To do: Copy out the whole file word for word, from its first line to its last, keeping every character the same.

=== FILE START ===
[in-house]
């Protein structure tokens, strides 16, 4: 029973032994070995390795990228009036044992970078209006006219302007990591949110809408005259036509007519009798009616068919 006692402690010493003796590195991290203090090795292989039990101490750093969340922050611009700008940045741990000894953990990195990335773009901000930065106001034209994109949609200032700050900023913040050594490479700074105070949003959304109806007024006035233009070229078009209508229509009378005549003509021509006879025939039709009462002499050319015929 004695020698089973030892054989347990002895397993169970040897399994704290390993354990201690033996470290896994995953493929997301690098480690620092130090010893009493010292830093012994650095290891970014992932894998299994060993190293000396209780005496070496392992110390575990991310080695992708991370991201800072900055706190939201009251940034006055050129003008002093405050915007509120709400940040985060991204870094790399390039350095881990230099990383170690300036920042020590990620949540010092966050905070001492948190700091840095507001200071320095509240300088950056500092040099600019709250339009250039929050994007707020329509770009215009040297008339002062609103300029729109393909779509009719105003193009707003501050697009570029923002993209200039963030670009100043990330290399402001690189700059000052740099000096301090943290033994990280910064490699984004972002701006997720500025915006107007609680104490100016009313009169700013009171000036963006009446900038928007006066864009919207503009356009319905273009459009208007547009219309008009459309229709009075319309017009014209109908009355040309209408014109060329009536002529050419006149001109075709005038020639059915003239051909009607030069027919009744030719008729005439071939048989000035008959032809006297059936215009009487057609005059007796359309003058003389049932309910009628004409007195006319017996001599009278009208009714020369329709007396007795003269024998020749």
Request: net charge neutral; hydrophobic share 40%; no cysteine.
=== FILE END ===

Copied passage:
[in-house]
């Protein structure tokens, strides 16, 4: 029973032994070995390795990228009036044992970078209006006219302007990591949110809408005259036509007519009798009616068919 006692402690010493003796590195991290203090090795292989039990101490750093969340922050611009700008940045741990000894953990990195990335773009901000930065106001034209994109949609200032700050900023913040050594490479700074105070949003959304109806007024006035233009070229078009209508229509009378005549003509021509006879025939039709009462002499050319015929 004695020698089973030892054989347990002895397993169970040897399994704290390993354990201690033996470290896994995953493929997301690098480690620092130090010893009493010292830093012994650095290891970014992932894998299994060993190293000396209780005496070496392992110390575990991310080695992708991370991201800072900055706190939201009251940034006055050129003008002093405050915007509120709400940040985060991204870094790399390039350095881990230099990383170690300036920042020590990620949540010092966050905070001492948190700091840095507001200071320095509240300088950056500092040099600019709250339009250039929050994007707020329509770009215009040297008339002062609103300029729109393909779509009719105003193009707003501050697009570029923002993209200039963030670009100043990330290399402001690189700059000052740099000096301090943290033994990280910064490699984004972002701006997720500025915006107007609680104490100016009313009169700013009171000036963006009446900038928007006066864009919207503009356009319905273009459009208007547009219309008009459309229709009075319309017009014209109908009355040309209408014109060329009536002529050419006149001109075709005038020639059915003239051909009607030069027919009744030719008729005439071939048989000035008959032809006297059936215009009487057609005059007796359309003058003389049932309910009628004409007195006319017996001599009278009208009714020369329709007396007795003269024998020749």
Request: net charge neutral; hydrophobic share 40%; no cysteine.